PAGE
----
The decision by the Joint List was termed “historic” and duly applauded by many on the Jewish left in Israel. Bear in mind, however, that no such truly “democratic” celebration is possible in Israel, nor is there cause for such rejoicing.

The decision proves only one thing: The depth of the tragedy of Palestinian citizens of Israel, whose default choice was the man whose election campaign included boasting of having "returned Gaza to the Stone Age" during the Cast Lead war on Gaza (2008-09), who bragged about the massive numbers of Palestinians killed in that war and whose pronouncements show that he will not hesitate to do likewise again.

Israeli Prime Minister Benjamin Netanyahu sits next to Benny Gantz, leader of the Blue and White party on 22 September (Reuters)
Israeli Prime Minister Benjamin Netanyahu sits next to Benny Gantz, leader of the Blue and White party, on 22 September (Reuters)

The Joint List representatives also presented the president with a list of their demands, including among other things the annulment of the Nation State Law, an end to the demolition of the homes of Arab citizens and official status for villages without it, an end to the occupation, etc. – but in practice, the gesture is merely a formality.

The list of demands needs to be presented not to the president but to Gantz, who not only did not promise anything to the Arab members of Knesset in exchange for their recommendation, but continues to dodge any suggestion of negotiating or partnering with them. Gantz has trouble even pronouncing the word “Arabs”, preferring during the campaign to talk about "Jews and non-Jews".

No government participation

Meanwhile, we should note that a recommendation in favour of this or that candidate to be tasked to form a government does not reflect willingness to join that government. Certainly no one is contemplating such a possibility vis-à-vis Arab members of Knesset.

The Arab parties are voicing a historic refusal to join an Israeli government as a matter of principle

But to assist in bringing down Netanyahu's regime in favour of a government headed by Gantz, the Joint List is not required to join Gantz’s coalition. Besides their recommendation of Gantz to the president, the Joint List can theoretically be part of the Knesset's voting bloc on which Gantz’s government relies, without themselves being part of the government.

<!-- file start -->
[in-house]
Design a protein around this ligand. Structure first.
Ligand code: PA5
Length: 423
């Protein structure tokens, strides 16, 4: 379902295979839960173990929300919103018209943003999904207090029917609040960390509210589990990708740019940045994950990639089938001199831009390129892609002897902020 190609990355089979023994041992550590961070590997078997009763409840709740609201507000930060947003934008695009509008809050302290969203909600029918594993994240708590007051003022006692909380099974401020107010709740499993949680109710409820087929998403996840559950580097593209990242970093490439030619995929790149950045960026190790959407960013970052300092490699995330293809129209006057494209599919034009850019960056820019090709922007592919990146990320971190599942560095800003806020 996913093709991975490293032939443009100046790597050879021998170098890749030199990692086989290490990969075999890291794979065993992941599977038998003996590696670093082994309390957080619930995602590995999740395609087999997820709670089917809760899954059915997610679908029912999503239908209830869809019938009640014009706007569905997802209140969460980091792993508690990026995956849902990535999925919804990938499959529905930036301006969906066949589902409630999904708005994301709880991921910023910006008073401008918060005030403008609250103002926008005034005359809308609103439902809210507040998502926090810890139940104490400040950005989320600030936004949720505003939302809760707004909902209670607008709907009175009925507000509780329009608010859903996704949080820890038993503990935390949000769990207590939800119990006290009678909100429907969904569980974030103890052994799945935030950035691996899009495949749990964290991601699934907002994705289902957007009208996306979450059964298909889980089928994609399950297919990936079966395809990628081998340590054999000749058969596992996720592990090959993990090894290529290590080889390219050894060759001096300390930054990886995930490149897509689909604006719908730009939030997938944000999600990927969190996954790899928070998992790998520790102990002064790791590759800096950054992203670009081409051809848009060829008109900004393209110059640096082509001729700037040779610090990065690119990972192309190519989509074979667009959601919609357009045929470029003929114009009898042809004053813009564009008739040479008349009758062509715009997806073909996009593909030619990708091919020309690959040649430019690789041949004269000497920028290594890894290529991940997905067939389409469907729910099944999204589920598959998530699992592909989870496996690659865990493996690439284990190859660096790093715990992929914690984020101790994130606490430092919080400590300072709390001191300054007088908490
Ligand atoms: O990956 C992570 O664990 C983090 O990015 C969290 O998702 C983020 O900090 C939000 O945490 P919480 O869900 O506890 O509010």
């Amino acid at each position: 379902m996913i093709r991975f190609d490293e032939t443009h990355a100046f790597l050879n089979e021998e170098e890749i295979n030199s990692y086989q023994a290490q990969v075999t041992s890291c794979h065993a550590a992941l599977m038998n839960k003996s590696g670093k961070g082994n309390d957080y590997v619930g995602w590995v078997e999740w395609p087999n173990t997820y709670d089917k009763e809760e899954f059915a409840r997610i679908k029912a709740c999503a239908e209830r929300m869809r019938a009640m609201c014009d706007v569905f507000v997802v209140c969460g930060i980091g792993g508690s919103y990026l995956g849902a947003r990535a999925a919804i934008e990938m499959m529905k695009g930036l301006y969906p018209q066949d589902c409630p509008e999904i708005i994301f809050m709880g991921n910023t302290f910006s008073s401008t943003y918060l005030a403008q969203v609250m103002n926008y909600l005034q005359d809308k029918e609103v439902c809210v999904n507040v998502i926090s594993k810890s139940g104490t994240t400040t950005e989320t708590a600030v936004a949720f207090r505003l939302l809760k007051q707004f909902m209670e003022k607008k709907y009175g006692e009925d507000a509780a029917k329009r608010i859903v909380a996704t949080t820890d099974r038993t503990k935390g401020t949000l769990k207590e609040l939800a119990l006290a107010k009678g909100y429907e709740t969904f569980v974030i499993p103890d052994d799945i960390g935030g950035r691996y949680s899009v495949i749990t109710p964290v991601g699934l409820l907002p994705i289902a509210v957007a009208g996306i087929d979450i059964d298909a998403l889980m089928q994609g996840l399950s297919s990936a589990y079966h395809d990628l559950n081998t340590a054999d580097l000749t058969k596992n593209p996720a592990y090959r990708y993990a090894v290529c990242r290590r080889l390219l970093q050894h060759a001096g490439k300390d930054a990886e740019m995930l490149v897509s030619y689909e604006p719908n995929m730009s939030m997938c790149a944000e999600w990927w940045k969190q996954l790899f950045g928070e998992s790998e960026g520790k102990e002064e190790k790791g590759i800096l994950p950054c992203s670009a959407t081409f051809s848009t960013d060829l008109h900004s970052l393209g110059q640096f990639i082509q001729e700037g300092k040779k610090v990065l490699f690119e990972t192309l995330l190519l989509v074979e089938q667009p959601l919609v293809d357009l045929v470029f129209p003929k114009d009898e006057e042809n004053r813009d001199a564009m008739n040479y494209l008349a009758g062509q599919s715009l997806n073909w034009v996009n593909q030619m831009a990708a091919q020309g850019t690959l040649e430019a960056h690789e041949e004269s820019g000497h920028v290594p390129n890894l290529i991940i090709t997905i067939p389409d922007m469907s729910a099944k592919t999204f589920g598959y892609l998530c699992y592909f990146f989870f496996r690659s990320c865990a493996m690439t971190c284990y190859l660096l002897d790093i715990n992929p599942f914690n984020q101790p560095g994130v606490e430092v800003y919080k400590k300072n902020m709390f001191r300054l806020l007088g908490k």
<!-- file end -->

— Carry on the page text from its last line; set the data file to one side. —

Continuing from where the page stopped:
There is a precedent from 1993 when Shas left the Rabin government after Israel signed the Oslo Accords and the five Arab Knesset members, without actually joining the government themselves, were part of a voting bloc that enabled the government to remain in power. 

If this question comes up, there will naturally also be a question as to the price Gantz is willing to pay for such support by the Arab parties from outside his coalition. But this is not entirely about a quid pro quo; the Arab parties are voicing a historic refusal to join an the Israeli government as a matter of principle, and not merely because in any case a government with Arab ministers would be considered illegitimate by a substantial majority of the Jewish public in Israel.

Between fire and brimstone

The Arab Knesset members know that their presence in the Knesset lends legitimacy to a government that engages in institutionalised discrimination against them, but the implied liability in actually joining the government is another thing entirely.

Netanyahu, the Joint List and a history of demonising the Palestinian voter
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In the Knesset, they can fight for the rights of the Arab minority and can oppose government policies whereas once they join the government, they are no longer the opposition, and the responsibility for Israeli policies falls on all members of the governing coalition.

Again, the question of Arab Knesset members’ inclusion in the government is not on the agenda, but nonetheless the Joint List has taken a dramatic step that alters the traditional political stance of Arab citizens of Israel. Arabs and Jews seeking greater political involvement on the part of Arab citizens lauded the decision and called it "historic".

And so it may be; but the hand of every Arab  legislator who voted for that decision must have trembled at the thought of its significance and of the responsibility thereby laid upon them when the day comes that Gantz, this time as prime minister, orchestrates another hellish massacre against the residents of Gaza.

In such an eventuality, those who applauded the decision today will presumably find it hard to live with their role - a not inconsiderable one - in having brought Gantz to power. The same dilemma naturally exists with regards to a Netanyahu regime, of course.

That’s how it is when you have to choose between fire and brimstone.

The views expressed in this article belong to the author and do not necessarily reflect the editorial policy of Middle East Eye.

Orly Noy
Orly Noy is a journalist and a political activist based in Jerusalem.